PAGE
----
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NC State celebrates 70 years of nuclear engineering education
An early picture of the research reactor building on the North Carolina State University campus. The Department of Nuclear Engineering is celebrating the 70th anniversary of its nuclear engineering curriculum in 2020–2021. Photo: North Carolina State University
The Department of Nuclear Engineering at North Carolina State University has spent the 2020–2021 academic year celebrating the 70th anniversary of its becoming the first U.S. university to establish a nuclear engineering curriculum. It started in 1950, when Clifford Beck, then of Oak Ridge, Tenn., obtained support from NC State’s dean of engineering, Harold Lampe, to build the nation’s first university nuclear reactor and, in conjunction, establish an educational curriculum dedicated to nuclear engineering.
The department, host to the 2021 ANS Virtual Student Conference, scheduled for April 8–10, now features 23 tenure/tenure-track faculty and three research faculty members. “What a journey for the first nuclear engineering curriculum in the nation,” said Kostadin Ivanov, professor and department head.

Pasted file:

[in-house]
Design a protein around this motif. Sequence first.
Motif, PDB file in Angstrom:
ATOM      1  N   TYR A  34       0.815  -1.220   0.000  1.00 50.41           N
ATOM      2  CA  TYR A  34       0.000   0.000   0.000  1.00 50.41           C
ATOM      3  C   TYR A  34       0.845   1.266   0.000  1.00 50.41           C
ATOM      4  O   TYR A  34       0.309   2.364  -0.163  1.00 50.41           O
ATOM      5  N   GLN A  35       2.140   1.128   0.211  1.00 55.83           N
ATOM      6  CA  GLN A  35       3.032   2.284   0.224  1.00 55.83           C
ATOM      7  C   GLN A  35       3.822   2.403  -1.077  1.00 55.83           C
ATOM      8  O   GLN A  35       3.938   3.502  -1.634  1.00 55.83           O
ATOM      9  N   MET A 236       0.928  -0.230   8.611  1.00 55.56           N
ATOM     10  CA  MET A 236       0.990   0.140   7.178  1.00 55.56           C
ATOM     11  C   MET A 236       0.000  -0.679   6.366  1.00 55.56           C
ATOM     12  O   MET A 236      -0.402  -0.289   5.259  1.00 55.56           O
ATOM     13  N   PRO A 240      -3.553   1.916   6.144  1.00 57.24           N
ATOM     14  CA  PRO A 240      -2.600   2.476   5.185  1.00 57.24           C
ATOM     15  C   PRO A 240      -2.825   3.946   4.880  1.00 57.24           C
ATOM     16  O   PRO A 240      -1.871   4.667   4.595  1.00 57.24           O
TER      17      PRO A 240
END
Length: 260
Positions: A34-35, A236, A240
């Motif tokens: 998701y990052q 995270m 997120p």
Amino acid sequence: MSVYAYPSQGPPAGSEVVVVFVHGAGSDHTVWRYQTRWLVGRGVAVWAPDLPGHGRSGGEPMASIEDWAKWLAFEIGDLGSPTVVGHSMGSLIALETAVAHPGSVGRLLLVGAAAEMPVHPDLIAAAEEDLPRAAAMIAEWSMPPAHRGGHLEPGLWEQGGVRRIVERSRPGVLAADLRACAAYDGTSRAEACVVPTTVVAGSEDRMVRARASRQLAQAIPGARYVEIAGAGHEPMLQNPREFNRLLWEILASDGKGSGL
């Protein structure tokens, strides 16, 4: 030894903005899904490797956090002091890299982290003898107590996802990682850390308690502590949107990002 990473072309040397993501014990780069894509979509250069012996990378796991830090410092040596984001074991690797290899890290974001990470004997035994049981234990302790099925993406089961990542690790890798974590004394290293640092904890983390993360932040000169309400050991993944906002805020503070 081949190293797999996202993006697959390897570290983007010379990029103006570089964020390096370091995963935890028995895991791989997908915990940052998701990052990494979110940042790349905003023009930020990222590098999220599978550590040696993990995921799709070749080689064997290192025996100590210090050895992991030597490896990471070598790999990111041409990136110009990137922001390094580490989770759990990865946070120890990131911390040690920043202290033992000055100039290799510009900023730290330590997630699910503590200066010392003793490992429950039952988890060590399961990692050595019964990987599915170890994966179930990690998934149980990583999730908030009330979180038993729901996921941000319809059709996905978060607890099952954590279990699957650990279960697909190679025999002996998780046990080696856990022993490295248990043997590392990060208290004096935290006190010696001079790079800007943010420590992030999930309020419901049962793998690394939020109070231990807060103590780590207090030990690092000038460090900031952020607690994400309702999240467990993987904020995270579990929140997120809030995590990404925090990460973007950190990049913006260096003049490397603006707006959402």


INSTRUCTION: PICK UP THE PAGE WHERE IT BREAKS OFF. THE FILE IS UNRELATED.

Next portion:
R. S. Modak, Anurag Gupta
Nuclear Science and Engineering | Volume 163 | Number 3 | November 2009 | Pages 263-271
Technical Paper | dx.doi.org/10.13182/NSE163-263
Articles are hosted by Taylor and Francis Online.
This paper deals with the numerical evaluation of fundamental- and higher-mode solutions of the well-known K-eigenvalue problem in nuclear reactor physics using neutron transport theory. If the spatial domain has a plane of reflective symmetry, it is customary to find the fundamental K-mode by considering only the half-domain on one side of the plane for the calculation and applying a reflective boundary condition (RBC) on the plane of symmetry. Here, it is shown that the higher antisymmetric K-mode can also be evaluated in a similar way by applying what is called here the anti-RBC (ARBC) on the plane of symmetry. ARBC was implemented in computer codes based on the discrete ordinates method in Cartesian geometry for some sample problems and was found to work well. The implementation of ARBC in existing codes, although very easy, does not seem to be widely used or reported in the literature. For a one-dimensional homogeneous slab with isotropic scattering, the first antisymmetric K-mode found using ARBC is equivalent to the fundamental mode of a sphere, apart from a scaling factor for the total flux. An interesting result is that the fundamental mode of a sphere computed in this way does not contain the unphysical flux dip near the center, commonly obtained by the discrete ordinates codes in spherical geometry. Although not shown here, it appears that ARBC can be implemented in Monte Carlo codes also to find antisymmetric modes.